Although we are a cosmetic surgery practice, heart health is very important to us here at Southern Surgical Arts. Many of our patients are women, so the prevention of cardiac disease is a cause that is near and dear to our hearts. Additionally, all of us have been touched by heart disease in one way or another—whether through a friend or family member or personally. That’s why we are once again partnering with the American Heart Association (AHA) during Go Red for Women Month to help educate women on how they can reduce their risk of heart disease.
Heart disease is the leading cause of death in women, claiming approximately one life every minute, yet the American Heart Association estimates that 80% of cardiac events can be prevented with healthy lifestyle changes. Unfortunately, too few women are aware of how prevalent heart disease is, and how much they can do to reduce their chances of developing cardiac problems.
One of the most important things you can do to improve your heart health is to make healthier nutritional choices. Eating more whole grains and lean proteins and incorporating a variety of colorful fruits and vegetables to your daily diet can have a big impact on heart health by boosting your mineral, antioxidant, vitamin, and fiber intake. Along with those general guidelines, here are five specific changes you can make that will really benefit your heart:
Cut sugar. This may be the most important thing you can do for your overall health, and especially your heart health. Not only does excess sugar intake lead to increased inflammation, obesity, and liver disease, it can greatly increase your risk of dying from cardiovascular disease. The AHA recommends women confine their sugar intake to less than 6 teaspoons, or 100 calories a day. Remember to check your food labels! Sugar can show up in some surprising places, and even when you know it’s there, the amount can be much higher than you expect. For example, one can of regular soda exceeds the recommended daily limit by more than two teaspoons. Make “cutting sugar” #1 on your list of 2016 New Year’s Resolutions and reap the health benefits all year long.
Add avocados. Avocados are not only responsible for one of the best party foods ever—guacamole—they are packed with heart-healthy nutrients. They have more blood pressure- friendly potassium, folate and magnesium than all other fruits, and they are high in fiber. Avocados are also high in monounsaturated fat, a “good fat,” that when used to replace saturated or trans fats can lower LDL, or “bad,” cholesterol and increase HDL (“good”) cholesterol. Start your day with a slice of toast spread with a quarter of an avocado drizzled with olive oil for a healthy breakfast, or add a few slices to your salad at lunch.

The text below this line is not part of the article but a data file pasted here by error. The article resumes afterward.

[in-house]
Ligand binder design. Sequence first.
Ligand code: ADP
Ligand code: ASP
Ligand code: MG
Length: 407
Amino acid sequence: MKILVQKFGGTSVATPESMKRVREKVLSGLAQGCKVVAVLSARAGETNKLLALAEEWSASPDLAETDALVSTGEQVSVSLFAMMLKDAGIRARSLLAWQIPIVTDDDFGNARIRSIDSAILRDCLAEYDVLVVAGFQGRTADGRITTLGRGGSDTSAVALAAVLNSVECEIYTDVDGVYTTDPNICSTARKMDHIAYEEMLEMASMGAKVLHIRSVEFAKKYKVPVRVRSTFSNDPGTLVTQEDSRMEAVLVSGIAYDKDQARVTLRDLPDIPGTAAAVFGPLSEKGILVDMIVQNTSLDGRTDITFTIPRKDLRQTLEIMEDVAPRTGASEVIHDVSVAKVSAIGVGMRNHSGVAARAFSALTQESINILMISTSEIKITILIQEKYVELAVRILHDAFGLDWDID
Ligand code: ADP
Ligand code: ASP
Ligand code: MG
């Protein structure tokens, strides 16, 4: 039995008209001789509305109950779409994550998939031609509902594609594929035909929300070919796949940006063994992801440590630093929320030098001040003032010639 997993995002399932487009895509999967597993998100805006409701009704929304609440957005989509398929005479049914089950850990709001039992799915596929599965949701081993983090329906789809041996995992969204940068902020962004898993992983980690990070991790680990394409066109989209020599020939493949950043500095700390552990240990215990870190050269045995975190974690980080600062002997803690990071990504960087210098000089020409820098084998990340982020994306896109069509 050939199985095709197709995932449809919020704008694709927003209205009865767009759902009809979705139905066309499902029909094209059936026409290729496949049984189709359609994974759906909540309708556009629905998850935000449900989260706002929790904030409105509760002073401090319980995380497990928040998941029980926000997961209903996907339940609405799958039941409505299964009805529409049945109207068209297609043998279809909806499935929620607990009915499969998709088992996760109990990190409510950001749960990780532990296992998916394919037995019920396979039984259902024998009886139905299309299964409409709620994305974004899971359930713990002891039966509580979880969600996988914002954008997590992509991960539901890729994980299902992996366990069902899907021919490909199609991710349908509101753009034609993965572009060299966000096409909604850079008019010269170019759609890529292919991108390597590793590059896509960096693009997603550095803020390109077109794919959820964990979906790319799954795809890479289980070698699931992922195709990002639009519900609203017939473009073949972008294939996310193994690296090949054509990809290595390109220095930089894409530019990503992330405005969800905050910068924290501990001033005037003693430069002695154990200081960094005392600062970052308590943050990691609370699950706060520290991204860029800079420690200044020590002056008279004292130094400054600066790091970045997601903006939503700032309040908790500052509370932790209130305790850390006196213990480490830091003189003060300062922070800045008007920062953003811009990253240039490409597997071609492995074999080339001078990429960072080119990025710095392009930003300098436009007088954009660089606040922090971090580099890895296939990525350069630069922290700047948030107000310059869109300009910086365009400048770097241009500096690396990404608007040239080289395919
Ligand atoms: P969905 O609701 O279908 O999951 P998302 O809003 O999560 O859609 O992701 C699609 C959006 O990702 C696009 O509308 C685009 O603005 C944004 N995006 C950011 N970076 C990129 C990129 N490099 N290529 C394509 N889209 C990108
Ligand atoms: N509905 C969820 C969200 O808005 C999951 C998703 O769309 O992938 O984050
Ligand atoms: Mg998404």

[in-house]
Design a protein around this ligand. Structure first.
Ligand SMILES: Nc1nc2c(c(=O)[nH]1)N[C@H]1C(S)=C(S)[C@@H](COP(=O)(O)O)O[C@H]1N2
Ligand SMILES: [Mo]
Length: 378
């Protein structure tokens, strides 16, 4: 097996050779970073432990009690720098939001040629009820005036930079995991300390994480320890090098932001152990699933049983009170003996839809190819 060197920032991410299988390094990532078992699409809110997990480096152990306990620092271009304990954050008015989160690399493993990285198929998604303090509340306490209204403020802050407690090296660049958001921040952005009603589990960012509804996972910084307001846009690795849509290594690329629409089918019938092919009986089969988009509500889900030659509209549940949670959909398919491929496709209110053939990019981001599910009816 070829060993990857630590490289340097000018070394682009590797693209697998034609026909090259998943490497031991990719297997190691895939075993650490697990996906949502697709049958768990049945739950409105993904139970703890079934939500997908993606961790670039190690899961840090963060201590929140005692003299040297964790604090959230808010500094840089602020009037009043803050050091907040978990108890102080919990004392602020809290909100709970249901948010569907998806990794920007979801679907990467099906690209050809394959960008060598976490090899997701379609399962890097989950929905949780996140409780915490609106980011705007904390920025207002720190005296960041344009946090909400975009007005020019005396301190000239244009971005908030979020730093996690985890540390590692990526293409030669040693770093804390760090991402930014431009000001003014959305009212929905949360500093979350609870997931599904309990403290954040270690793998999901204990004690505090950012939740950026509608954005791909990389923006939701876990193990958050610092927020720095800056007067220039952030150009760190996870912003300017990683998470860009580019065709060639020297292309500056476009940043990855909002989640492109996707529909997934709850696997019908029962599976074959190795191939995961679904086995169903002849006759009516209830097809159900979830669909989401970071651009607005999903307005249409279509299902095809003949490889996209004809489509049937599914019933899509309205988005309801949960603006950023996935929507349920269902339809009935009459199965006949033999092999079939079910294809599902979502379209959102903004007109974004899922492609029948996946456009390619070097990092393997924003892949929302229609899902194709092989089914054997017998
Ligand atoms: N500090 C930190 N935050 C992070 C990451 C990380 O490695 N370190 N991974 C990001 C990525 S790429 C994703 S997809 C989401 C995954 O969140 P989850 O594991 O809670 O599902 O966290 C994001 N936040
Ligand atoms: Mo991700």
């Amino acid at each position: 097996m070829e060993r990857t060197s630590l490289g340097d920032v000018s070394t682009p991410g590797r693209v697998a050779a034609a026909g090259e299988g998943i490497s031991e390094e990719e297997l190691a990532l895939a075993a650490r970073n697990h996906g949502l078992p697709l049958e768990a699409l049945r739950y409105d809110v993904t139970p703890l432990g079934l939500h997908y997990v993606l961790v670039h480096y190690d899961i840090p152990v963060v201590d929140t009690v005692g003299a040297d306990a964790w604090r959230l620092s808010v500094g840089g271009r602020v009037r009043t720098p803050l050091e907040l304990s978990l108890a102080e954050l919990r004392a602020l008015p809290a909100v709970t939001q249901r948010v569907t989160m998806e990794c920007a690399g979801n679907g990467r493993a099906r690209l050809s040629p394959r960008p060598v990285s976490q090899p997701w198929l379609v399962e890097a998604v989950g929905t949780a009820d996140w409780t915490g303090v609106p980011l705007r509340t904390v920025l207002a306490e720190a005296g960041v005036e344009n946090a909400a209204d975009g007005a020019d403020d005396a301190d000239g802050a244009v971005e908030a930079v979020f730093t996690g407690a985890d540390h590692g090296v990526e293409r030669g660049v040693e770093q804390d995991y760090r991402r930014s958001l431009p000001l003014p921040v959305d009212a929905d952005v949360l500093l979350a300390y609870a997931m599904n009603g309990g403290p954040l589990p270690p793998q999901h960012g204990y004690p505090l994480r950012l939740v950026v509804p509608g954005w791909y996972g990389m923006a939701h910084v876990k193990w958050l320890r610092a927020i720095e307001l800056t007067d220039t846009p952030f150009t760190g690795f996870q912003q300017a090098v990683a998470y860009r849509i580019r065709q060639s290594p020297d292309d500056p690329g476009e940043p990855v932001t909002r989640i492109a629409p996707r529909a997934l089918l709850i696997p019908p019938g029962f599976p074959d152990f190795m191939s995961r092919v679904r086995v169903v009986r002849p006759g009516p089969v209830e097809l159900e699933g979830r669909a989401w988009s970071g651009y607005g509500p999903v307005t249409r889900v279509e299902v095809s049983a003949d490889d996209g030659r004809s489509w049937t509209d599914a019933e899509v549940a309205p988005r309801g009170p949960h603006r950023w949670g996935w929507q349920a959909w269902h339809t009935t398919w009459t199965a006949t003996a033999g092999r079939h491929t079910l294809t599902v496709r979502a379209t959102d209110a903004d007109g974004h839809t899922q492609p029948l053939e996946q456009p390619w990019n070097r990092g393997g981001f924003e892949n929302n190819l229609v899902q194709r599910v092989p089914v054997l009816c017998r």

Serve salmon. When it comes to fish, it’s hard to beat the heart-healthy benefits of wild salmon—luckily it’s delicious, too. Salmon is an oily fish that is loaded with antioxidants, protein, omega-3 fatty acids, and vitamins B and D. Omega-3 fatty acids reduce triglycerides and may serve to slightly reduce blood pressure as well as the risk arrhythmias. Two servings of salmon a week may reduce your risk of dying of a heart attack by up to one-third. Talk to your doctor to see if you would benefit from omega-3 fatty acid supplements as well.
Reduce sodium. Sugar is not the only thing that may be hiding in your foods without you noticing. Sodium is notorious for lurking in high amounts in canned and processed foods like soups and frozen dinners. Although the AHA recommends a limit of 1500 mg daily, most Americans consume more than twice that. This is unfortunate, because high doses of sodium can boost your blood pressure and increase your risk of heart disease and stroke. As with sugar, check your labels and choose lower-sodium options, or consider making your own soups where possible. When cooking, add as little salt as possible and allow guests to “season to taste” to avoid sodium overload.
Practice portion control. Of course, no diet is healthy if you overdo it. Avocados are as close to a superfood as you can get, but it’s not a good idea to eat three a day due to their calorie count. To get the most benefit from your healthy lifestyle change, eat three meals a day so you don’t get so hungry you eat too much all at once. When eating out, remember that restaurants sometimes serve as much as 2-3 times an ideal portion size—save some for lunch the next day, and maybe dinner, too. Use cups and scales to measure your servings until you are more accustomed to eyeballing proper portion sizes. And keeping a food diary is a great way to track everything you eat during the day. It also may help you lose weight by making you more mindful of your choices.
It’s always a good time to take better care of yourself, so why not start right now? Check out the AHA’s Go Red for Women website for a collection of delicious, heart-healthy recipes to try tonight. And, keep watching this blog for more information about Go Red for Women and other lifestyle changes that can help you live a longer, healthier, happier life!